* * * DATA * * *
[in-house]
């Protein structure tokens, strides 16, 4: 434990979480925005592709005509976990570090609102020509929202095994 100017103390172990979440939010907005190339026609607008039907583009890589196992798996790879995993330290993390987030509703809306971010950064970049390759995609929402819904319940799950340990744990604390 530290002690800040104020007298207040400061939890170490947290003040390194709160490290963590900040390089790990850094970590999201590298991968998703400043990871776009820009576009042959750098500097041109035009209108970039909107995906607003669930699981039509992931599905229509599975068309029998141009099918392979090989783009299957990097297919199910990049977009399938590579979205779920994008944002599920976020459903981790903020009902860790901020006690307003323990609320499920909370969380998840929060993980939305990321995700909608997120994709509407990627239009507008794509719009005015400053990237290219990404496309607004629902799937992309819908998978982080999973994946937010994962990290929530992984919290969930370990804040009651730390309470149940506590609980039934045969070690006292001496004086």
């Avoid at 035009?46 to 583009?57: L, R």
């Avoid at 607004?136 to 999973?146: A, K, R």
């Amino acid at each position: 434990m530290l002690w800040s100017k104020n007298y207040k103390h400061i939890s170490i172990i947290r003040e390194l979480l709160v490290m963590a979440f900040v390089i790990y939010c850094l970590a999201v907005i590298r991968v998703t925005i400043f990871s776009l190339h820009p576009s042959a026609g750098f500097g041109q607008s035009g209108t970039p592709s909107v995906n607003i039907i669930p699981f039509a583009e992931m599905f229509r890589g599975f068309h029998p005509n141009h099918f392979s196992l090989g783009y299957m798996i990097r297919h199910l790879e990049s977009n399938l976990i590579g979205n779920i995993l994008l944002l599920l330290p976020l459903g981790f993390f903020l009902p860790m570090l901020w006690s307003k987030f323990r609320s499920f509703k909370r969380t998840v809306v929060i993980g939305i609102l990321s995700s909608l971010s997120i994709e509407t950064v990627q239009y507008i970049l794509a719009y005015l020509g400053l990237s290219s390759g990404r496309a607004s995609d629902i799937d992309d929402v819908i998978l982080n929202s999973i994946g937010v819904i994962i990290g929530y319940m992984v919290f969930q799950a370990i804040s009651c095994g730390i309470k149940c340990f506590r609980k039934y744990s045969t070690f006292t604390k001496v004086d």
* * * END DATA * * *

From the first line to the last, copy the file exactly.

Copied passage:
[in-house]
């Protein structure tokens, strides 16, 4: 434990979480925005592709005509976990570090609102020509929202095994 100017103390172990979440939010907005190339026609607008039907583009890589196992798996790879995993330290993390987030509703809306971010950064970049390759995609929402819904319940799950340990744990604390 530290002690800040104020007298207040400061939890170490947290003040390194709160490290963590900040390089790990850094970590999201590298991968998703400043990871776009820009576009042959750098500097041109035009209108970039909107995906607003669930699981039509992931599905229509599975068309029998141009099918392979090989783009299957990097297919199910990049977009399938590579979205779920994008944002599920976020459903981790903020009902860790901020006690307003323990609320499920909370969380998840929060993980939305990321995700909608997120994709509407990627239009507008794509719009005015400053990237290219990404496309607004629902799937992309819908998978982080999973994946937010994962990290929530992984919290969930370990804040009651730390309470149940506590609980039934045969070690006292001496004086």
């Avoid at 035009?46 to 583009?57: L, R």
């Avoid at 607004?136 to 999973?146: A, K, R």
């Amino acid at each position: 434990m530290l002690w800040s100017k104020n007298y207040k103390h400061i939890s170490i172990i947290r003040e390194l979480l709160v490290m963590a979440f900040v390089i790990y939010c850094l970590a999201v907005i590298r991968v998703t925005i400043f990871s776009l190339h820009p576009s042959a026609g750098f500097g041109q607008s035009g209108t970039p592709s909107v995906n607003i039907i669930p699981f039509a583009e992931m599905f229509r890589g599975f068309h029998p005509n141009h099918f392979s196992l090989g783009y299957m798996i990097r297919h199910l790879e990049s977009n399938l976990i590579g979205n779920i995993l994008l944002l599920l330290p976020l459903g981790f993390f903020l009902p860790m570090l901020w006690s307003k987030f323990r609320s499920f509703k909370r969380t998840v809306v929060i993980g939305i609102l990321s995700s909608l971010s997120i994709e509407t950064v990627q239009y507008i970049l794509a719009y005015l020509g400053l990237s290219s390759g990404r496309a607004s995609d629902i799937d992309d929402v819908i998978l982080n929202s999973i994946g937010v819904i994962i990290g929530y319940m992984v919290f969930q799950a370990i804040s009651c095994g730390i309470k149940c340990f506590r609980k039934y744990s045969t070690f006292t604390k001496v004086d």